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Schumer and the Applejack Tax

4:45 PM, Apr 3, 2013 • By GEOFFREY NORMAN
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Senator Schumer is playing to his softer, more rural side, again.  First, he proposed subsidies to stimulate maple syrup production in upstate New York.  Now, he wants to reduce the taxes paid by producers of hard cider.  As reported by Ramsey Cox in the Hill, Schumer is arguing:

“New York is the second-largest apple producer in the country, and there’s no doubt it should be at the core of the hard cider industry, which is rapidly growing in popularity ... However, current federal tax rules make it extremely costly for Capital Region producers and consumers alike to produce, market and sell this product.”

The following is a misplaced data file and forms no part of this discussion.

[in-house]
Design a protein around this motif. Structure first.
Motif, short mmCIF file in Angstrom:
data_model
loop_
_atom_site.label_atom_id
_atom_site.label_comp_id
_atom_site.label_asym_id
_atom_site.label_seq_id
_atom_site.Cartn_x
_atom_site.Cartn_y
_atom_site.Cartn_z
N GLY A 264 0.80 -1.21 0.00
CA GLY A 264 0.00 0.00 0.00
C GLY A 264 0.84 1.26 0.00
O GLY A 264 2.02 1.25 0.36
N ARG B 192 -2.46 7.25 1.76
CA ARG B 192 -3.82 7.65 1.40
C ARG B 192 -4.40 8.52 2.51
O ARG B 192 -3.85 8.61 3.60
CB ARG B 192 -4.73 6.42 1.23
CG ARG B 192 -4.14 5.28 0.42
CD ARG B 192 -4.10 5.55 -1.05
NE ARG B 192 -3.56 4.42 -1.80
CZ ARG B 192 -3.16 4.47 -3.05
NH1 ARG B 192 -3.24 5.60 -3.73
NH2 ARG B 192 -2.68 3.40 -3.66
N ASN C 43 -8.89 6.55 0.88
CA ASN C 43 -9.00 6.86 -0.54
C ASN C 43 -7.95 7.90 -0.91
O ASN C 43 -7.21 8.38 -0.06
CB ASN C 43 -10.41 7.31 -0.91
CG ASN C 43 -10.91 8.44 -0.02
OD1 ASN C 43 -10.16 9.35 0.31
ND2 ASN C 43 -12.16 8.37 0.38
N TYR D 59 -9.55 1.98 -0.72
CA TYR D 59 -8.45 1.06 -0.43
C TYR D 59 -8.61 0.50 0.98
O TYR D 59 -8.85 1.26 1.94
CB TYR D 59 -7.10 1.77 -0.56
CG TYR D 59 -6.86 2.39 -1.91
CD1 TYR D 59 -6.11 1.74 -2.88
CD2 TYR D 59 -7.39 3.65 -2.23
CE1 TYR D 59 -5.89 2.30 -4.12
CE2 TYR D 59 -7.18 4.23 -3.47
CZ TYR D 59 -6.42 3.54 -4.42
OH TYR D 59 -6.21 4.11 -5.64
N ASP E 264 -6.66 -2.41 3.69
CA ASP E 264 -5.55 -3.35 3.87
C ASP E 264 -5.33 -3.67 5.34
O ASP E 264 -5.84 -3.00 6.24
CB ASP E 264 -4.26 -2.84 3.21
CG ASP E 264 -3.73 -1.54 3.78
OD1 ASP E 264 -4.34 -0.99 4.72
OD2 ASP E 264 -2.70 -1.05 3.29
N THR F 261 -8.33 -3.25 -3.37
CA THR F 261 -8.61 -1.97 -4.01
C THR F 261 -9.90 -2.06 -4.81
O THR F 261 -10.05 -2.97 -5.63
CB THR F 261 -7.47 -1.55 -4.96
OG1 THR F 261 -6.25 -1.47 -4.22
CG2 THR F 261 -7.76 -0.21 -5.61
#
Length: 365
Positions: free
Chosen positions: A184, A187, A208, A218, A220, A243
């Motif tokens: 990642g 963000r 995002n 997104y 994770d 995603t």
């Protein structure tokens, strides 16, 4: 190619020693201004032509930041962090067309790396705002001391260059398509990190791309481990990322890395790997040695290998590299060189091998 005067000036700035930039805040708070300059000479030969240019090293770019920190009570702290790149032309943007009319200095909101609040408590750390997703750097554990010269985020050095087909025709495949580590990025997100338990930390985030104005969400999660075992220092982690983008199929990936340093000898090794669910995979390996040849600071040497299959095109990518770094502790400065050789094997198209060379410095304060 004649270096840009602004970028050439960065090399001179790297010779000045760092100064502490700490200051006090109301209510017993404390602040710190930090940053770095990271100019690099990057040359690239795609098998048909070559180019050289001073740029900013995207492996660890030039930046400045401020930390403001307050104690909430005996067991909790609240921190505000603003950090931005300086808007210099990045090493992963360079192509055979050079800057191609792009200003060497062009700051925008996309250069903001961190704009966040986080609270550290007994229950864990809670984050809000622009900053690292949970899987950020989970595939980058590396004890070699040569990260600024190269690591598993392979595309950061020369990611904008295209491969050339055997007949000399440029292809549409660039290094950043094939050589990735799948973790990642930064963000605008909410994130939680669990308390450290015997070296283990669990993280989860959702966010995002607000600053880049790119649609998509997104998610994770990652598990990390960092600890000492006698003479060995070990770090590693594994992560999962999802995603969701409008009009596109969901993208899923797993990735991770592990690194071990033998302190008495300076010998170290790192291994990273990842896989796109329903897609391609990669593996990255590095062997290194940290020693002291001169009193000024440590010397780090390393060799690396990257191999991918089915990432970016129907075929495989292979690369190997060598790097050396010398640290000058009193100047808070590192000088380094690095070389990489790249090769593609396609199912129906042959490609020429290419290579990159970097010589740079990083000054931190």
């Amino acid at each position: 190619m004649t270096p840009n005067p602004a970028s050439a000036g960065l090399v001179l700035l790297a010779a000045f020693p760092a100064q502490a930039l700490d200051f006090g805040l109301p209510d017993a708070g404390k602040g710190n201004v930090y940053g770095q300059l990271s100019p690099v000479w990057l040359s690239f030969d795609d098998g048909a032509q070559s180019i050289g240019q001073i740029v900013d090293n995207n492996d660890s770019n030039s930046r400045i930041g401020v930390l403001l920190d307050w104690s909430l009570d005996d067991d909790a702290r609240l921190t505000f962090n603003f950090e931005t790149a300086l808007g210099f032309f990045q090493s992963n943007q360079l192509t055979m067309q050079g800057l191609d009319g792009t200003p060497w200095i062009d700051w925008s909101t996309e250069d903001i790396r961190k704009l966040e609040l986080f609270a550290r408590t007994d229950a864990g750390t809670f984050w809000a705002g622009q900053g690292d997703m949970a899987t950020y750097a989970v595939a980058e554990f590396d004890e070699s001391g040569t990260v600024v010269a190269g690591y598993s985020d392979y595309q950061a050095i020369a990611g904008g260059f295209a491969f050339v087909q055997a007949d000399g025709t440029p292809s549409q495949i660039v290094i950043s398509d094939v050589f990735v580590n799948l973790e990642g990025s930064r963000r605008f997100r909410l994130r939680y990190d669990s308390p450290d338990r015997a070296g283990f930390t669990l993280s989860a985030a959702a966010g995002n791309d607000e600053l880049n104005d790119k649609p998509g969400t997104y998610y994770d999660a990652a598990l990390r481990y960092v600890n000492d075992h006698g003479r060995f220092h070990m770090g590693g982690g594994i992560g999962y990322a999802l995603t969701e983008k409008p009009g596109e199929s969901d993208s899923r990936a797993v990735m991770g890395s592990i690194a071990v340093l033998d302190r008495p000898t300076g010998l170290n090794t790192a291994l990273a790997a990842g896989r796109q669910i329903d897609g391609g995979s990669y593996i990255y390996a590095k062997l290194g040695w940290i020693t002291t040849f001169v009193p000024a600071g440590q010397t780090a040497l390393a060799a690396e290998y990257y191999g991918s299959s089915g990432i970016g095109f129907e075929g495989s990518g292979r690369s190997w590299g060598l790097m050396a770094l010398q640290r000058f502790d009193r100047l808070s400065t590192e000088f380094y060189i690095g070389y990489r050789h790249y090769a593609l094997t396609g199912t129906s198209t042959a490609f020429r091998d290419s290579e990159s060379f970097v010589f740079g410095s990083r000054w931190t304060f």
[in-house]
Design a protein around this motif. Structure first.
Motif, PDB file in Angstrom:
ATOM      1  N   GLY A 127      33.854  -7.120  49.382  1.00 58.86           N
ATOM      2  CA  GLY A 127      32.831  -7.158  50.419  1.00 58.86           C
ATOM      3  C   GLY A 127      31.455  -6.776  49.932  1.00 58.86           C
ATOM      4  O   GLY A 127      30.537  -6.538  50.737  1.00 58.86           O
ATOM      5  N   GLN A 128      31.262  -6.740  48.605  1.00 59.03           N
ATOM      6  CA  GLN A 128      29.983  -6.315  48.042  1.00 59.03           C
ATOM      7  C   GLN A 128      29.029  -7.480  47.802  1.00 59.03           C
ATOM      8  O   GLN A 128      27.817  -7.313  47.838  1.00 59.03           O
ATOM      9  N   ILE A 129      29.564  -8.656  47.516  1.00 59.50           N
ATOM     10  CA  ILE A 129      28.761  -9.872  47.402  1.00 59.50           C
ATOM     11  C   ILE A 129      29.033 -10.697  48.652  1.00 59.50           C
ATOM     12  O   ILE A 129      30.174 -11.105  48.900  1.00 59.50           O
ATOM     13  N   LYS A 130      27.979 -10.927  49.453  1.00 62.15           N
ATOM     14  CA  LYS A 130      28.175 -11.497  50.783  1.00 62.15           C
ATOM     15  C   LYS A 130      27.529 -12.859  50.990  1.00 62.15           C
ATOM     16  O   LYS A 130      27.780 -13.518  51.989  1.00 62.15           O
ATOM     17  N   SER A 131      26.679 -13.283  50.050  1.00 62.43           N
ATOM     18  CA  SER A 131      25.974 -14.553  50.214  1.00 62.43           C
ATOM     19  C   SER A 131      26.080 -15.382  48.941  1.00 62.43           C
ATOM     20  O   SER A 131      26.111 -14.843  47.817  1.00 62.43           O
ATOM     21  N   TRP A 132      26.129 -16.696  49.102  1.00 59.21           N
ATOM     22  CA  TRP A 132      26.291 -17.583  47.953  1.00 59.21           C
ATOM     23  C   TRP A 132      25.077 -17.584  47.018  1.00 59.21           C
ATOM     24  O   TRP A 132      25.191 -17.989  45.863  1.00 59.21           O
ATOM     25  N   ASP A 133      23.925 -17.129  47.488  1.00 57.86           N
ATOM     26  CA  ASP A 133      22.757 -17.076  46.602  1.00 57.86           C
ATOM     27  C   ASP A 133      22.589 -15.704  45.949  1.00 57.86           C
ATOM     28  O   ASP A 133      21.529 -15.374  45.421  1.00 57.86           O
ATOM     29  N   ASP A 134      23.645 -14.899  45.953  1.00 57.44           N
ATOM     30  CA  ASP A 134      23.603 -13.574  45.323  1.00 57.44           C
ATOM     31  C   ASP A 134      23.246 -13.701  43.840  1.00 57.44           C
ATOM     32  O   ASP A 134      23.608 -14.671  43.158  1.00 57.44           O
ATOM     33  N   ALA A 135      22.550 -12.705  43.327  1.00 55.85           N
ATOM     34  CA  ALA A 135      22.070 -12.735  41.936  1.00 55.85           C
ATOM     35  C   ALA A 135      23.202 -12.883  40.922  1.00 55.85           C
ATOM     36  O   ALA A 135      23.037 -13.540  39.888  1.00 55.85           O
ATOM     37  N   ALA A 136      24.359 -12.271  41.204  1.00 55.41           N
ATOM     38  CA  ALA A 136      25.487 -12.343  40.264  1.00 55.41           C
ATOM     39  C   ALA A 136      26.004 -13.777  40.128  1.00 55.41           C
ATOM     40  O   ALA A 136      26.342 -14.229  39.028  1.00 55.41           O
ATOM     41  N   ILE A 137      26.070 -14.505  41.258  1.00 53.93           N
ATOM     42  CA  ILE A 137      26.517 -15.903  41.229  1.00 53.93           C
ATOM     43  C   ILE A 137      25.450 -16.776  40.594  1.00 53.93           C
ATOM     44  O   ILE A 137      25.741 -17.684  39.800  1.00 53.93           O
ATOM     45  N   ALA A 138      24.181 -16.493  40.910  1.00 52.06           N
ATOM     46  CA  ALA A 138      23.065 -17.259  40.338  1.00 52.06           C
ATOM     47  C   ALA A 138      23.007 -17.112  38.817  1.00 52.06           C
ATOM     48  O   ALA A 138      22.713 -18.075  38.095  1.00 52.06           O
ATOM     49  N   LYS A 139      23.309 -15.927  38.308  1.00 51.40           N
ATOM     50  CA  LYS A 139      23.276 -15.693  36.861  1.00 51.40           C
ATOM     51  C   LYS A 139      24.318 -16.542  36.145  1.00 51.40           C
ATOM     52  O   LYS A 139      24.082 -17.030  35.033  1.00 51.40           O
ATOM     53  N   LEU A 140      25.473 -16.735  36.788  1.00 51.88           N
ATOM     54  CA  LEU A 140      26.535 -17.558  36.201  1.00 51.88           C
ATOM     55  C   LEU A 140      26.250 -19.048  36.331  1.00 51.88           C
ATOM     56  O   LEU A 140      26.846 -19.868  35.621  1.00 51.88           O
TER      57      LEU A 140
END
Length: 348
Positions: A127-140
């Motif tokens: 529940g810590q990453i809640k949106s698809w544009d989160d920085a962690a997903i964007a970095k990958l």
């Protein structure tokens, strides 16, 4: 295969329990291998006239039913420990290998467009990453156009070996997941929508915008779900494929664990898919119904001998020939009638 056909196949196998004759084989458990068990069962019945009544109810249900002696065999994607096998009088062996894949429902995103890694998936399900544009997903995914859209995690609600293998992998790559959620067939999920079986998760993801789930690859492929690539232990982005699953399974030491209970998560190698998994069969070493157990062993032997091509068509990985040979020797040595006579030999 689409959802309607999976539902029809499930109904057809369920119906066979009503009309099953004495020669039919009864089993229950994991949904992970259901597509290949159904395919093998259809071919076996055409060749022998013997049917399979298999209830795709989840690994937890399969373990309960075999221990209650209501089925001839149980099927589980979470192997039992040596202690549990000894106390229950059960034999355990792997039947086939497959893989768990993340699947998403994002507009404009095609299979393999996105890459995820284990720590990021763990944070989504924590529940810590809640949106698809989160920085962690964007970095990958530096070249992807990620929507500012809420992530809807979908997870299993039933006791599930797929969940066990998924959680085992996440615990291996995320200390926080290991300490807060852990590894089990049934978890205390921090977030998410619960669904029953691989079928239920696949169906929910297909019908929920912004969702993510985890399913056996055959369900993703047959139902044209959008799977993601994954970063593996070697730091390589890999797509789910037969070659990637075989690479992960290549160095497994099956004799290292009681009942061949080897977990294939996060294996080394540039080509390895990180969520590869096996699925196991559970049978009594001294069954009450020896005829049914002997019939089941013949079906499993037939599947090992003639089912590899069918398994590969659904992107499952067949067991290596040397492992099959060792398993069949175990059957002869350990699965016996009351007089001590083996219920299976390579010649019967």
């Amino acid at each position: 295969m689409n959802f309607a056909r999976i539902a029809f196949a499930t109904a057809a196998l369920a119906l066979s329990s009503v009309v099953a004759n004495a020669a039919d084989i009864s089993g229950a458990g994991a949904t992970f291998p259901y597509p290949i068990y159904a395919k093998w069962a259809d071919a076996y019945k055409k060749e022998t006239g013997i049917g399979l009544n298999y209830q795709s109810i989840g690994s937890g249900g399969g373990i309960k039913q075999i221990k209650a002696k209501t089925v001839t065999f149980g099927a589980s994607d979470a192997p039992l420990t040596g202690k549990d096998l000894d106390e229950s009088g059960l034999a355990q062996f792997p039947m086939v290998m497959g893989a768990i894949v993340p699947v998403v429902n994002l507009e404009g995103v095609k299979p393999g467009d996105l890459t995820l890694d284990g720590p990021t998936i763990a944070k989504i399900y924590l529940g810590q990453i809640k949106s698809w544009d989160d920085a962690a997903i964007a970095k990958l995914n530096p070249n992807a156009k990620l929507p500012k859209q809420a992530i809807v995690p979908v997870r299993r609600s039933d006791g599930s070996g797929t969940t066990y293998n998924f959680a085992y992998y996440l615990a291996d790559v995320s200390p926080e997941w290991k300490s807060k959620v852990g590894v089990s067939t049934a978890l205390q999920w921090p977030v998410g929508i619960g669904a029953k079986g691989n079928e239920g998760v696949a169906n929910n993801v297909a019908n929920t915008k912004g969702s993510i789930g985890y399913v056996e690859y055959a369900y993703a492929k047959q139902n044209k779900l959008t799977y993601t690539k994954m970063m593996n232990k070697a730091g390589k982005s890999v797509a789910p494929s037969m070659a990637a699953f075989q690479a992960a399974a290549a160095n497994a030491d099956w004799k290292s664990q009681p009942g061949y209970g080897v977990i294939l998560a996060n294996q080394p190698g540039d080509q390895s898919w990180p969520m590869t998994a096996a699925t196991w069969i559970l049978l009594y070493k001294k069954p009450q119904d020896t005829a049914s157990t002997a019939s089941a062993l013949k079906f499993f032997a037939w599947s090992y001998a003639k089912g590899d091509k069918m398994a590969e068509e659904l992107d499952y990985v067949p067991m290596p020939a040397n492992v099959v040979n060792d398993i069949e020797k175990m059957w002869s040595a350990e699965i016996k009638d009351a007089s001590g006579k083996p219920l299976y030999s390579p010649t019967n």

Umm.  Yes.  But don't taxes make it more costly for anyone to make anything?  They are a cost of doing business.  And if lowering them for the people whose product serves what could charitably be called a niche market, then why not for those who produce things more widely appealing.  

And, by the way, couldn't this be seen as promoting unhealthy behavior?  The stuff is alcoholic, after all.  What about the children?

Furthermore, don't we have a revenue problem?  Can we really afford this?  

Has the senator really thought this thing through?

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